16. Lee, J.; Moon, H.; Fowler, J.; Schoellhammer, T.; Kim, C.J. Electrowetting and electrowetting-on-dielectric for microscale liquid handling. Sens. Actuators A: Phys. 2002, 95, 259–268, doi:10.1016/S0924-4247(01)00734-8.
  17. Berthier, E.; Beebe, D.J. Flow rate analysis of a surface tension driven passive micropump. Lab Chip. 2007, 7, 1475–1478, doi:10.1039/b707637a.
  18. Atencia, J.; Beebe, D. Controlled microfluidic interfaces. Nature 2005, 437, 648–655, doi:10.1038/nature04163.
  19. Juncker, D.; Schmid, H.; Drechsler, U.; Wolf, H.; Wolf, M.; Michel, B.; de Rooij, N.; Delamarche, E. Autonomous microfluidic capillary system. Anal. Chem. 2002, 74, 6139–6144, doi:10.1021/ac0261449.
  20. Chakraborty, S. Dynamics of capillary flow of blood into a microfluidic channel. Lab Chip. 2005, 5, 421–430, doi:10.1039/b414566f.
  21. Du, W.B.; Fang, Q.; He, Q.H.; Fang, Z.L. High-throughput nanoliter sample introduction microfluidic chip-based flow injection analysis system with gravity-driven flows. Anal. Chem. 2005, 77, 1330–1337, doi:10.1021/ac048675y.
  22. Gervais, L.; Delamarche, E. Toward one-step point-of-care immunodiagnostics using capillary-driven microfluidics and PDMS substrates. Lab Chip. 2009, 9, 3330–3337, doi:10.1039/b906523g.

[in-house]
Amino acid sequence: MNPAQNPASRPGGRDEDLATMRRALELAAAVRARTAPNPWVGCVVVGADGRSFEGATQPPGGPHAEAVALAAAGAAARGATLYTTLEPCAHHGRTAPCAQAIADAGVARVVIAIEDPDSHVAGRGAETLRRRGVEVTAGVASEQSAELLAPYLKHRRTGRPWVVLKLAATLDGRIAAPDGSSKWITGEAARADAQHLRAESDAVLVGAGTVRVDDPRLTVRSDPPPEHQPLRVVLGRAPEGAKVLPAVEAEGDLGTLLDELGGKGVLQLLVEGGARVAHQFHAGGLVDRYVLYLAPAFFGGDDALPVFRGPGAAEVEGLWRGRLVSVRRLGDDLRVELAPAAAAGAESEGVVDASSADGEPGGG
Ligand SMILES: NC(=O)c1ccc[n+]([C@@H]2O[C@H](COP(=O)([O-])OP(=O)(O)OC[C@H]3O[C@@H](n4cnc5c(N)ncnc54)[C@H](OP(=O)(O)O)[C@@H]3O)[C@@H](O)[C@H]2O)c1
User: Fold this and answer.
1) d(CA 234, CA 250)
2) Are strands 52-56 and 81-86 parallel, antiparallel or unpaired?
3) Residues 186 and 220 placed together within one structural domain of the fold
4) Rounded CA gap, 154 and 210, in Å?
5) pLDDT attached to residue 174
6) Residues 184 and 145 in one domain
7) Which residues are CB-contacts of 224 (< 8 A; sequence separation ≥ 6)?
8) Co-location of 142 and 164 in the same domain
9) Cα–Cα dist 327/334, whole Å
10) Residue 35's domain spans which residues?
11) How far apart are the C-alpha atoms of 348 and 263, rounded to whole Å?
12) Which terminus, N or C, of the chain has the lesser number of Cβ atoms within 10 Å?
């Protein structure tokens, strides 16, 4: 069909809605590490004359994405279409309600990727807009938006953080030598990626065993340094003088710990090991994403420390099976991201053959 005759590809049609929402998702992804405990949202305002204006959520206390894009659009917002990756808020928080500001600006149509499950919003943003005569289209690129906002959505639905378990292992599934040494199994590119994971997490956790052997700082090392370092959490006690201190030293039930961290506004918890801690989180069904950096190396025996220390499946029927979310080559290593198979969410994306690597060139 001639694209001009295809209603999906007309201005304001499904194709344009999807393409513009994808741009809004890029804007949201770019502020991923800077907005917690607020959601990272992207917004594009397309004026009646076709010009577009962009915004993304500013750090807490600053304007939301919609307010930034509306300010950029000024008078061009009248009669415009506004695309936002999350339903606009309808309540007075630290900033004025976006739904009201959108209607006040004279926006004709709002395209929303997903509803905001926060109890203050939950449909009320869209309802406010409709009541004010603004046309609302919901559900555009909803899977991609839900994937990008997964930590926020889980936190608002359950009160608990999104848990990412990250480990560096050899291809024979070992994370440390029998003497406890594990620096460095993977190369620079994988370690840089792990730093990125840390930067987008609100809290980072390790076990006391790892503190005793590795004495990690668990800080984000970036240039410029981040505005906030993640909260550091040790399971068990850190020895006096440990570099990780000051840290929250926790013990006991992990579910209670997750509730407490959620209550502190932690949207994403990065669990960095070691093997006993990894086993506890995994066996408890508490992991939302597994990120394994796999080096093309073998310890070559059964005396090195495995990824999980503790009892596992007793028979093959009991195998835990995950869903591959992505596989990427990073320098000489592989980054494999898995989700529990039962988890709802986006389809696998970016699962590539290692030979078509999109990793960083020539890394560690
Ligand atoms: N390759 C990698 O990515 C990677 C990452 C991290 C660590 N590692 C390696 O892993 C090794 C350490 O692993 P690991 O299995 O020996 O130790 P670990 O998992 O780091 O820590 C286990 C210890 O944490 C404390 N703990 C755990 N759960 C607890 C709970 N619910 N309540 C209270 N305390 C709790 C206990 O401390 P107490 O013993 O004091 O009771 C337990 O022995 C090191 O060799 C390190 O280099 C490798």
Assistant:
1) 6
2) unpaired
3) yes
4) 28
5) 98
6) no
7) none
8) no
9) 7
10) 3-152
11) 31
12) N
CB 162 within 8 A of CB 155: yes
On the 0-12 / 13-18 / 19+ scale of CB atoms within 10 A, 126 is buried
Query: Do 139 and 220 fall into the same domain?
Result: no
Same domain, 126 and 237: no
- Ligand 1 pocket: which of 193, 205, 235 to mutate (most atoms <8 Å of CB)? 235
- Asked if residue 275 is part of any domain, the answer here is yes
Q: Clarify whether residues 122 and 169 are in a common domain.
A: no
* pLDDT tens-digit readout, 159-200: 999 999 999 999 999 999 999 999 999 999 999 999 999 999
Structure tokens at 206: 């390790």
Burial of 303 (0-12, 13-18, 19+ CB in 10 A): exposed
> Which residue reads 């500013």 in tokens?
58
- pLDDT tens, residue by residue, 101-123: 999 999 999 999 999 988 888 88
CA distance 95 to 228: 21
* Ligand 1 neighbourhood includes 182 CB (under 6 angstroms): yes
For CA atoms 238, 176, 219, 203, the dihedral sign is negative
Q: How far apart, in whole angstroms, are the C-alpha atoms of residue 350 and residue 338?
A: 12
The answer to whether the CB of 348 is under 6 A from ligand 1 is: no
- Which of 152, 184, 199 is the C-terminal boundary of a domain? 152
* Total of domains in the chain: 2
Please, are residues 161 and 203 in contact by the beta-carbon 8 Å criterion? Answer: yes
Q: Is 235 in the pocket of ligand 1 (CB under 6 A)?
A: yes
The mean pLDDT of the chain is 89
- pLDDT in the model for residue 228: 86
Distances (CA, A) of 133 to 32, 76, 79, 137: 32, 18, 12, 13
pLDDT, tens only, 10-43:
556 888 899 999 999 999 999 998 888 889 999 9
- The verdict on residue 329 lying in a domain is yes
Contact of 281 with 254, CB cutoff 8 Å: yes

23. Lynn, N.S.; Dandy, D.S. Passive microfluidic pumping using coupled capillary/evaporation effects. Lab Chip. 2009, 9, 3422–3429, doi:10.1039/b912213c.
  24. Srivastava, N.; Din, C.; Judson, A.; MacDonald, N.C.; Meinhart, C.D. A unified scaling model for flow through a lattice of microfabricated posts. Lab Chip. 2010, 10, 1148–1152, doi:10.1039/b919942j.
  25. Martinez, A.W.; Phillips, S.T.; Butte, M.J.; Whitesides, G.M. Patterned Paper as a Platform for Inexpensive, Low-Volume, Portable Bioassays. Angew. Chem. Int. Ed. 2007, 46, 1318–1320, doi:10.1002/anie.200603817.
  26. Miura, T.; Horiuchi, T.; Iwasaki, Y.; Seyama, M.; Camou, S.; ichi Takahashi, J.; Haga, T. Patterned cellulose membrane for surface plasmon resonance measurement. Sens. Actuators B: Chem. 2012, 173, 354–360, doi:10.1016/j.snb.2012.07.019.
  27. Washburn, E.W. The dynamics of capillary flow. Phys. Rev. 1921, 17, 273–283, doi:10.1103/PhysRev.17.273.
  28. Cesaro-Tadic, S.; Dernick, G.; Juncker, D.; Buurman, G.; Kropshofer, H.; Michel, B.; Fattinger, C.; Delamarche, E. High-sensitivity miniaturized immunoassays for tumor necrosis factor [small alpha] using microfluidic systems. Lab Chip. 2004, 4, 563–569, doi:10.1039/b408964b.
  29. Zimmermann, M.; Schmid, H.; Hunziker, P.; Delamarche, E. Capillary pumps for autonomous capillary systems. Lab Chip. 2007, 7, 119–125, doi:10.1039/b609813d.
  30. Horiuchi, T.; Miura, T.; Iwasaki, Y.; Seyama, M.; Inoue, S.; Takahashi, J.i.; Haga, T.; Tamechika, E. Passive fluidic chip composed of integrated vertical capillary tubes developed for on-Site SPR immunoassay analysis targeting real samples. Sensors 2012, 12, 7095–7108, doi:10.3390/s120607095.
  31. The open source CFD toolbox. Available online: http://www.openfoam.com/ (accessed on 16 October 2012).
  32. Maxima, a Computer Algebra System. Available online: http://maxima.sourceforge.net/ (accessed on 16 October 2012).
  33. Delamarche, E.; Bernard, A.; Schmid, H.; Bietsch, A.; Michel, B.; Biebuyck, H. Microfluidic networks for chemical patterning of substrates: design and application to bioassays. J. Am. Chem. Soc. 1998, 120, 500–508, doi:10.1021/ja973071f.